Each year the YALSA office receives approximately 3,000 newly published books, videos, CD's and audiocassettes, materials that have been targeted primarily towards young adults. Publishers and producers submit copies for selection committees to review and nominate. After the ALA Midwinter Meeting (when committees select their annual lists), these materials need to be removed from the YALSA office to make room for the next year's publications.
The YALSA Board of Directors believes many libraries that serve young adults would benefit by receiving this collection of materials. YALSA and the cooperating publishers are therefore offering one year's worth of review materials as a contribution to up to three libraries in need through this application process. Applicants must demonstrate the following:
- Why the collection is needed in their community.
- Why the collection is needed in their institution.
- How acquiring the collection will help them better serve the youth of their community.
- That the library's commitment to intellectual freedom and equity of access for young adults is supported by an up-to-date, board-approved collection development policy which is based upon the guidelines in the Intellectual Freedom Manual (ALA, 1996) and/or Censorship and Selection: Issues and Answers for Schools by Henry Reichman (ALA, 2001).
Each application will be judged on the basis of:
- The degree of need in the community. (20 points)
- The degree of need of the school, public library, or institution where the library is located. (20 points)
- The degree of improvement of service to young adults in the community. (20 points).
- The degree of clarity and effectiveness of the statement of need. (20 points)
- An estimate of the age of the nonfiction collection. (10 points)
- The currency and completeness of the institution’s board approved collection development policy, including the materials selection policy, with procedures for handling challenges. (10 points)
A total of 100 points is possible. Each entry will be rated by this point system and the winning application will be the one with the highest total number of points. The Great Books Giveaway Jury will judge the applications.
- Applicants must be personal or organizational members of YALSA.
- All applications must be submitted online no later than December 1.
- Applicants must agree to accept all the materials received at the YALSA office, with the understanding that this collection is material targeted primarily for young adults, ages 12-18.
- An electronic copy of the current, board-approved collection development policy must be submitted with the application (the document needs to be uploaded).
- Incomplete applications will not be considered.
- Shipping and handling charges are the responsibility of the institution selected to receive the Great Book Giveaway collection. For purposes of estimating shipping costs, winning collections have weighed as much as 2,000 lbs. and included as many as 75 cartons. Shipping ranges from $800 - $1200.
Previous winners are not eligible.
Announcement of Winners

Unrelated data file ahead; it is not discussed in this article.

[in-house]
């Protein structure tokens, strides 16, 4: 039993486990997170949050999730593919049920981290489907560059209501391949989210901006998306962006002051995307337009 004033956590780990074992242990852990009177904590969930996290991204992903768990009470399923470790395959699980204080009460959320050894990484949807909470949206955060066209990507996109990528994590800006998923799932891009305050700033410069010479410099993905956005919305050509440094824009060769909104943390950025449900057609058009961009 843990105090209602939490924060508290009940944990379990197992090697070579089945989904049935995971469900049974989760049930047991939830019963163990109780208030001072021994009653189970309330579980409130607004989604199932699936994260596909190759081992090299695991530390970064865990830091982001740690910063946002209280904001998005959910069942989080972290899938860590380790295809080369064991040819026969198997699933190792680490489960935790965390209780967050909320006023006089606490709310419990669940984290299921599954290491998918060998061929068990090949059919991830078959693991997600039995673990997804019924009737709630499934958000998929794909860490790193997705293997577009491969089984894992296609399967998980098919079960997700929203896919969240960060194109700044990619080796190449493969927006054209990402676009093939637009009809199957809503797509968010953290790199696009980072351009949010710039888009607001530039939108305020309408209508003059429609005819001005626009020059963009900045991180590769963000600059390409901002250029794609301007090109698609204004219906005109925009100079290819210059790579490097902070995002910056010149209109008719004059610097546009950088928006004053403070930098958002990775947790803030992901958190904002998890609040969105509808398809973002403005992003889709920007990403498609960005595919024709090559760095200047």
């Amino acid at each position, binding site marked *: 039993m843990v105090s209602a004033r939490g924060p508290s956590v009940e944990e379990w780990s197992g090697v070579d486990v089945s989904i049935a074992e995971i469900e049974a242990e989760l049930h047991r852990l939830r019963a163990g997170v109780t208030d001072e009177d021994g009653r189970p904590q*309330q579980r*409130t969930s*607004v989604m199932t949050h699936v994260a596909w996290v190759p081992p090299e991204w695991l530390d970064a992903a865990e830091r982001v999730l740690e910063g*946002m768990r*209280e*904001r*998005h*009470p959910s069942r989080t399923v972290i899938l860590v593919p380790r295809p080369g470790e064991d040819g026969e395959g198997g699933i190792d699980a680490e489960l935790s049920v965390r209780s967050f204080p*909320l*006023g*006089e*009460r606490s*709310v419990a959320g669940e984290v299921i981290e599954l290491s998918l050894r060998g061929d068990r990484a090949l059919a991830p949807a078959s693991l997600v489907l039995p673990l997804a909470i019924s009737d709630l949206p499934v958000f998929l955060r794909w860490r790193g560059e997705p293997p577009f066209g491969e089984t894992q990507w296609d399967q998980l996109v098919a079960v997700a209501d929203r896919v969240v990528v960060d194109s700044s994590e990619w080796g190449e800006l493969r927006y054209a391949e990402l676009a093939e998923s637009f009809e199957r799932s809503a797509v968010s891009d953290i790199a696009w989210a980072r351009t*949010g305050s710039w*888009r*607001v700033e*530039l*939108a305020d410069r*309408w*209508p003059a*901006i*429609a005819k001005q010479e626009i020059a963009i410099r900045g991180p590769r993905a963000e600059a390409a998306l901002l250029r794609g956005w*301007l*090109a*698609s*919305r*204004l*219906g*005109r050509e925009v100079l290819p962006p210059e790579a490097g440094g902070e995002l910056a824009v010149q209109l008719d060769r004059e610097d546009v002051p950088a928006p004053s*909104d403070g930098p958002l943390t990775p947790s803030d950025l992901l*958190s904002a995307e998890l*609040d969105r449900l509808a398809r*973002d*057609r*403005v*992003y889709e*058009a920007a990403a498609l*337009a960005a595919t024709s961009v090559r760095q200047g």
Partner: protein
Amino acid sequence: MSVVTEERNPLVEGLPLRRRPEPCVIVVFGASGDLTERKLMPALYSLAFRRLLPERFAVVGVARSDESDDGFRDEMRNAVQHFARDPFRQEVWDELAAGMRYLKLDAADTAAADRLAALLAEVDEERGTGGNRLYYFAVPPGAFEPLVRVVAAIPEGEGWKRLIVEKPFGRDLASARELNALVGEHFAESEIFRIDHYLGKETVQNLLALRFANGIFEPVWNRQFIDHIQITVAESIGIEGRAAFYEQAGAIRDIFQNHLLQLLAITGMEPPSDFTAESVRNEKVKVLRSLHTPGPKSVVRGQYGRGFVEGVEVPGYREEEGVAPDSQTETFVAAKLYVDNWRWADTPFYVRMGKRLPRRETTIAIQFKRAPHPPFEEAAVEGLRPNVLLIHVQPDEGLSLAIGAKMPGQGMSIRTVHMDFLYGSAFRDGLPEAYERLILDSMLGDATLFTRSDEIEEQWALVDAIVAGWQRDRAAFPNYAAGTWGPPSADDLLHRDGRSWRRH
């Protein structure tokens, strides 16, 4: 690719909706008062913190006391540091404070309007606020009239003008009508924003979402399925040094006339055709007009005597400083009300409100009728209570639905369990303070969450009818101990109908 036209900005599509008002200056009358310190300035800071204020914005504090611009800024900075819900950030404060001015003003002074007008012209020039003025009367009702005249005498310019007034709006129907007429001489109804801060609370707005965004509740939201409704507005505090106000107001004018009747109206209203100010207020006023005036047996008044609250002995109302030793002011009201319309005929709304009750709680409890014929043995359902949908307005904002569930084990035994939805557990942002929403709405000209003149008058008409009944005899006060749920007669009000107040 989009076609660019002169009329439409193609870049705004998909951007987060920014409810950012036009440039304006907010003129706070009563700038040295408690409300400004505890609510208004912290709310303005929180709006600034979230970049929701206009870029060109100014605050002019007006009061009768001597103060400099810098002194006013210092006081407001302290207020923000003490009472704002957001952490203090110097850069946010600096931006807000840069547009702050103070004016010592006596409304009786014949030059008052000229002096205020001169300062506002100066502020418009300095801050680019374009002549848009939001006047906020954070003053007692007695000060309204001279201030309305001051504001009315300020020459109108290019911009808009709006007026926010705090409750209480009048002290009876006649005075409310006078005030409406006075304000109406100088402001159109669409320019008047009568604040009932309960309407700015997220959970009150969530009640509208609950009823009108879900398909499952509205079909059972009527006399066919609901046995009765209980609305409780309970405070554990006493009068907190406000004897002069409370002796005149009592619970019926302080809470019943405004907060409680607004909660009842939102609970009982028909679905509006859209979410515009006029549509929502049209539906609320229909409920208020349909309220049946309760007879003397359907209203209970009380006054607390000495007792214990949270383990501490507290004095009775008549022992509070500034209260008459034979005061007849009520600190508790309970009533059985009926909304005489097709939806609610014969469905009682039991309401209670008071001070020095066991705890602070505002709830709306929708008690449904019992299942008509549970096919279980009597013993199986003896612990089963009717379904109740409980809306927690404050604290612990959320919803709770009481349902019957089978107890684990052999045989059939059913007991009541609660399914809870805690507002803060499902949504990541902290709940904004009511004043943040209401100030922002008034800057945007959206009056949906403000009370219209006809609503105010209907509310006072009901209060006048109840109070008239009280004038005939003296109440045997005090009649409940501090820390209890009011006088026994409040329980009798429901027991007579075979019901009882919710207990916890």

The recipients of the Great Books Giveaway will be announced by a press release each February.
For further information contact YALSA at 1-800-545-2433, ext. 4390, or via e-mail at YALSA@ala.org.
- 2000 - Martin Luther King, Jr. Academy, Lexington, Ky.
- 2001 - Hialeah (Fla.) Public Libraries
- 2002 - Bell County (Ky.) Public Library System Bookmobile
- 2003 - Harvin Clarendon County (S.C.) Library
- 2004 - Tri-Community Library, Caldwell County, Texas
- 2005 - Hardee Senior High School Library, Wauchula, Fla.
- 2006 - Barbara Chace Library at the Forman School in Litchfield, Connecticut
- 2007 - New Orleans Public Library
- 2008 - Margaret Green Junior High School (MGJHS) in Cleveland, Miss. (1st) and Camden County High School, N.C. (2nd)
- 2009 - Lincoln County Public Libraries in Libby, Mont. (1st); Creekside High School in Fairburn, Ga.; and Jackson District Library in Jackson, Mich.
- 2010 - Benjamin Banneker High School in Atlanta, Ga.(1st); Conley-Caraballo High School, New Haven Unified School District in Hayward, Calif. (2nd); Farmington (N.M.) High School Library (3rd).
- 2011 - Oakhurst Middle School, Clarksdale, Miss. (1st); Colleton County High School, Walterboro, S.C. (2nd); Fletcher (Okla.) Public School (3rd)
- 2012 - Southeast Arkansas Regional Library, Monticello (1st); Jefferson High School, Edgewater, Colo. (2nd); Barton Library, El Dorado, Ark. (3rd)
- 2013 - Allen Parish Libraries in Oberlin, La. (1st); The Foundation Schools in Largo and Gaithersburg, Md (2nd); John B. Hood Junior High School in Odessa, Texas (3rd)
- 2014 - Yakima Nation Library in Toppenish, Wash.(1st); Hilltop Pregnant Minors High School in San Francisco (2nd); and Covington Independent School District in Covington, Texas (3rd)
- 2015 - Lorain City High School in Ohio (1st); Civic Center Court Secondary School in San Francisco (2nd); Northwoods Middle School in North Charleston, South Carolina (3rd)
- 2016 - Franklin Pierce School District in Tacoma (1st), Washington; Ontario (California) High School (2nd); and Washington County Public Library in Chipley, Florida (3rd)
- 2017 - Tyler (Texas) Public Library; East Peoria (Illinois) Community High School; and Shawnee (Oklahoma) High School